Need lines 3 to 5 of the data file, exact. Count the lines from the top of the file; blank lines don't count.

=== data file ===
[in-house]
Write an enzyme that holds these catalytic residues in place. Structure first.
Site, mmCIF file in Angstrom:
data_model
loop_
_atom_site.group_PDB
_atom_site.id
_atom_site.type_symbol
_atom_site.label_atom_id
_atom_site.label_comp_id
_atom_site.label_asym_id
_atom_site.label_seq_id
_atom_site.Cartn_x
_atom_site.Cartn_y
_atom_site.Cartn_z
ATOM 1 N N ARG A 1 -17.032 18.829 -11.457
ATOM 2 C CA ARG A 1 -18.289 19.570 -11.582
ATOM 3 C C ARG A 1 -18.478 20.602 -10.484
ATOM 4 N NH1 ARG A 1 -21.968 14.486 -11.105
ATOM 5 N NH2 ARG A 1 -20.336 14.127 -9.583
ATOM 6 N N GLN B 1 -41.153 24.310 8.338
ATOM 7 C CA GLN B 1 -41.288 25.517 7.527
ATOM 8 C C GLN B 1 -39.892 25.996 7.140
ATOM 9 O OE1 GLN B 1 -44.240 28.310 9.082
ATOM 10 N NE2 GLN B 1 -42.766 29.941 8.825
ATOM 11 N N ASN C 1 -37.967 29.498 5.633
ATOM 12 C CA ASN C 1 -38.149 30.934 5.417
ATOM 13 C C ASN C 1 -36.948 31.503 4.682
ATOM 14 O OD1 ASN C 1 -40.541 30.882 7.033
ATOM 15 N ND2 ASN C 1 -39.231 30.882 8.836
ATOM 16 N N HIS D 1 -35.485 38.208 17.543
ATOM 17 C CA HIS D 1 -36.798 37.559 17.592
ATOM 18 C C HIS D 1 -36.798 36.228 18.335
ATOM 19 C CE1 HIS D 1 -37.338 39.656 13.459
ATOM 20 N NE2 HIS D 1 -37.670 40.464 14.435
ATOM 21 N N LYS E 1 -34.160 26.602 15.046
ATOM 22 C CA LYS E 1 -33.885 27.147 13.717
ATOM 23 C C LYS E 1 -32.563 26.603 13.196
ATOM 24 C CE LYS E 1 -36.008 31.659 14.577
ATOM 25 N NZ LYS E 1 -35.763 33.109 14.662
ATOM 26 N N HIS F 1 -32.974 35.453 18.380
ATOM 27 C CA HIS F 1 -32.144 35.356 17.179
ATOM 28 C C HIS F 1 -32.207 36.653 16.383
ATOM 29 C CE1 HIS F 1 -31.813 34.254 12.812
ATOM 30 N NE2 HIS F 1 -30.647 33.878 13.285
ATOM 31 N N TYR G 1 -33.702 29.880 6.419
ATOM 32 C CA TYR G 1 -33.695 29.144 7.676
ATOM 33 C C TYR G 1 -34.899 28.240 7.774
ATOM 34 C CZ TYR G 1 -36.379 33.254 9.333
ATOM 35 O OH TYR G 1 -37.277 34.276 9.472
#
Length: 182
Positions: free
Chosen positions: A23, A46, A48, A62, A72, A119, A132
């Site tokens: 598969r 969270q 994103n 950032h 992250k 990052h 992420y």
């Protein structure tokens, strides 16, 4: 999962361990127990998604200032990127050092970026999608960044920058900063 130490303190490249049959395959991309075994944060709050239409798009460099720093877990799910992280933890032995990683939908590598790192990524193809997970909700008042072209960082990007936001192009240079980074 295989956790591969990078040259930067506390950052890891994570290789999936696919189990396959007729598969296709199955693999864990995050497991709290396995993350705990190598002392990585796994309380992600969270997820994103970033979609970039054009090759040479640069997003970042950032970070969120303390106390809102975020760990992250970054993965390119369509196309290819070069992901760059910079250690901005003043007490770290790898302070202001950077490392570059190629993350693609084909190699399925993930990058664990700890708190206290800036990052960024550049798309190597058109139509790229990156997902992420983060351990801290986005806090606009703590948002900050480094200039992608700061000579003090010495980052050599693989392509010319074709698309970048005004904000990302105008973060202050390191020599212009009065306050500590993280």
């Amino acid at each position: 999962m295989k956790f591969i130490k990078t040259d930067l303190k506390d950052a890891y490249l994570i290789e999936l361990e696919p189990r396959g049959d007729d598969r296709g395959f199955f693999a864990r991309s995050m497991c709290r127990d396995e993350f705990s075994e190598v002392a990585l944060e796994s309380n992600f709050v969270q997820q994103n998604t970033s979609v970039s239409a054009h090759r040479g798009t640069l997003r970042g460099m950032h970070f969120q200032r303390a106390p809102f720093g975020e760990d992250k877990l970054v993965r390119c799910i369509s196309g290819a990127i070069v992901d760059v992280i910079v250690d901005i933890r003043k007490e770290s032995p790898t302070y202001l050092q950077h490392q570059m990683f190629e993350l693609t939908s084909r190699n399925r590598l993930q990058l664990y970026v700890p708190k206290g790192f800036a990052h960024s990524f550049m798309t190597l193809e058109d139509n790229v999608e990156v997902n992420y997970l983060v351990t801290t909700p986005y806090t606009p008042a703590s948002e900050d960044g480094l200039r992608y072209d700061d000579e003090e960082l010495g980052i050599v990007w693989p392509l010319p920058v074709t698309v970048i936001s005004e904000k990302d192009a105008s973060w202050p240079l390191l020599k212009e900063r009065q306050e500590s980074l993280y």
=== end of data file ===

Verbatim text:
Site, mmCIF file in Angstrom:
data_model
loop_